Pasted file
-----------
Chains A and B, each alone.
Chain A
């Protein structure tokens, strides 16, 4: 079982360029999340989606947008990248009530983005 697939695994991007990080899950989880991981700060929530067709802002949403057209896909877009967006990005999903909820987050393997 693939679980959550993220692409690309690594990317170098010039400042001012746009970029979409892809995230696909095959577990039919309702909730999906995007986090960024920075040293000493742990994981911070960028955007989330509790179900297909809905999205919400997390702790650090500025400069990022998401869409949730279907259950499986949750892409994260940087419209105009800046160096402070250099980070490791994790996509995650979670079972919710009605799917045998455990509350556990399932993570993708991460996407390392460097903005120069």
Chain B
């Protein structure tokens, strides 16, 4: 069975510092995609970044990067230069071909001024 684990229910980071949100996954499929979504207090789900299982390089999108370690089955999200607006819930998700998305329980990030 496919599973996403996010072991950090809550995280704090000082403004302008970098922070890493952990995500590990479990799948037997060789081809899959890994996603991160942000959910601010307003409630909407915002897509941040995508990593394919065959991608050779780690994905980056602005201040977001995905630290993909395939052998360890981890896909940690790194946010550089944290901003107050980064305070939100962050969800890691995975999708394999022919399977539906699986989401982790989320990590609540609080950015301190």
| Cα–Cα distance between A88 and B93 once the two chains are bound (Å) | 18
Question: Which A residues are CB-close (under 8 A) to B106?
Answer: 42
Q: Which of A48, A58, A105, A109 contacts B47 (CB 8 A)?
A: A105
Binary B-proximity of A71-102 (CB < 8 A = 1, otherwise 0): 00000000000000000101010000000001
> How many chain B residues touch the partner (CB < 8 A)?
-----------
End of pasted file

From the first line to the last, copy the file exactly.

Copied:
Chains A and B, each alone.
Chain A
């Protein structure tokens, strides 16, 4: 079982360029999340989606947008990248009530983005 697939695994991007990080899950989880991981700060929530067709802002949403057209896909877009967006990005999903909820987050393997 693939679980959550993220692409690309690594990317170098010039400042001012746009970029979409892809995230696909095959577990039919309702909730999906995007986090960024920075040293000493742990994981911070960028955007989330509790179900297909809905999205919400997390702790650090500025400069990022998401869409949730279907259950499986949750892409994260940087419209105009800046160096402070250099980070490791994790996509995650979670079972919710009605799917045998455990509350556990399932993570993708991460996407390392460097903005120069």
Chain B
């Protein structure tokens, strides 16, 4: 069975510092995609970044990067230069071909001024 684990229910980071949100996954499929979504207090789900299982390089999108370690089955999200607006819930998700998305329980990030 496919599973996403996010072991950090809550995280704090000082403004302008970098922070890493952990995500590990479990799948037997060789081809899959890994996603991160942000959910601010307003409630909407915002897509941040995508990593394919065959991608050779780690994905980056602005201040977001995905630290993909395939052998360890981890896909940690790194946010550089944290901003107050980064305070939100962050969800890691995975999708394999022919399977539906699986989401982790989320990590609540609080950015301190």
| Cα–Cα distance between A88 and B93 once the two chains are bound (Å) | 18
Question: Which A residues are CB-close (under 8 A) to B106?
Answer: 42
Q: Which of A48, A58, A105, A109 contacts B47 (CB 8 A)?
A: A105
Binary B-proximity of A71-102 (CB < 8 A = 1, otherwise 0): 00000000000000000101010000000001
> How many chain B residues touch the partner (CB < 8 A)?